About 8 million children currently receive health insurance through CHIP, created in 1997 to bring coverage to children whose families earn too much to qualify for Medicaid but not enough to buy private insurance. States administer the program and receive federal matching funds to cover costs. In 2009, Congress reauthorized funding for CHIP through 2015.
What will happen to CHIP beyond 2015 is uncertain, not just because of the funding deadline but also because of changes brought on by the 2010 Affordable Care Act (ACA). Many believe that the ACA’s Medicaid enrollment incentives and expanded tax credits will add so many lower-income kids to the insurance rolls that CHIP will become unnecessary and simply go away. Others, however, say that the plans sold through the ACA’s insurance exchanges could produce gaps in coverage for children, making it crucial to keep CHIP funded.
A growing number of health care professionals are looking at their patients not just as individuals with unique concerns but also as members of larger groups with common problems and needs. This broader, population-based framework could lead to better health outcomes for more people, according to Jonathan Finkelstein, MD, MPH of Boston Children’s Hospital.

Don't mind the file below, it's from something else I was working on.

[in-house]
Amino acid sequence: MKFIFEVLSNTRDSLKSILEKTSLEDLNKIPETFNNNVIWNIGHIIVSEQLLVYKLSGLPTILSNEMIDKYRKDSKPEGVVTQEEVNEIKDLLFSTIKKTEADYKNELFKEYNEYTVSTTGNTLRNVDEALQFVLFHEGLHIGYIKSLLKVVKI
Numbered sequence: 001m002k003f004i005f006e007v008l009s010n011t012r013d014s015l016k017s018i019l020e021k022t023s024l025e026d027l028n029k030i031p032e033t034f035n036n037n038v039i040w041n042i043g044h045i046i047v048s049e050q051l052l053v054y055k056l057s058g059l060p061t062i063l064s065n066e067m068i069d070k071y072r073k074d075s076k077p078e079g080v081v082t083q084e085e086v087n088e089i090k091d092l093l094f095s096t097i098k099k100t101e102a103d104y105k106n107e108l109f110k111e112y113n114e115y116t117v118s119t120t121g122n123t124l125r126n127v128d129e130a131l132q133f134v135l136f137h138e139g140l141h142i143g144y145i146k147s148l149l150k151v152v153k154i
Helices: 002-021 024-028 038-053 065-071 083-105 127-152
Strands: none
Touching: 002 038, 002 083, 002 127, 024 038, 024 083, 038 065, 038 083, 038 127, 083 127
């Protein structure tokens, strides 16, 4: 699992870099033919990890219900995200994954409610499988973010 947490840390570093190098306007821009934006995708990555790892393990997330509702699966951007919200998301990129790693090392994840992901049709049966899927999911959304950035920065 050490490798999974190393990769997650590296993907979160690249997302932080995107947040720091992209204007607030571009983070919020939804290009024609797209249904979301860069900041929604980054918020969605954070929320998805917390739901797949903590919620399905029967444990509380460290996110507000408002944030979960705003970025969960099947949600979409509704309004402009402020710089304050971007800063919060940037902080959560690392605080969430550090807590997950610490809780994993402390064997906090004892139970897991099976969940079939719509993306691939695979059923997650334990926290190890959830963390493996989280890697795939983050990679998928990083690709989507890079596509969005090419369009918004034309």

“The health care system is changing from one that’s more reactive to illness—you come see the doctor when you’re not well—to one that’s more responsible for the promotion of health for defined groups of people,” he explains. While individual patients will always be treated as, well, individuals, the concept of population health can help providers “figure out the most appropriate services within a set of limited resources for specific groups.”
With appendicitis readmissions rates at some hospitals as high as 30 percent for children with severe disease, a group of children’s hospitals has started handing out comparative performance report cards to grade the way they diagnose and treat the condition. The quarterly reports are tools for hospitals to examine their performance across the entire scope of appendicitis care, prioritize quality improvement efforts and establish best practices.
According to Shawn Rangel, MD, a surgeon at Boston Children’s Hospital, the report cards grew out an effort to “understand high rates of preventable readmissions for complicated appendicitis.” A few years ago, Rangel and his colleagues began comparing appendicitis readmission rates at hospitals in the Children’s Hospital Association. The researchers found that the rate of kids readmitted within 30 days ranged from a low of 5 percent to a high of 30 percent for children with severe (ruptured) appendicitis.
It’s been a few months since the Affordable Care Act (ACA) health exchanges opened for business, and there’s still a lot of speculation on how the bill will affect children, hospitals and insurers.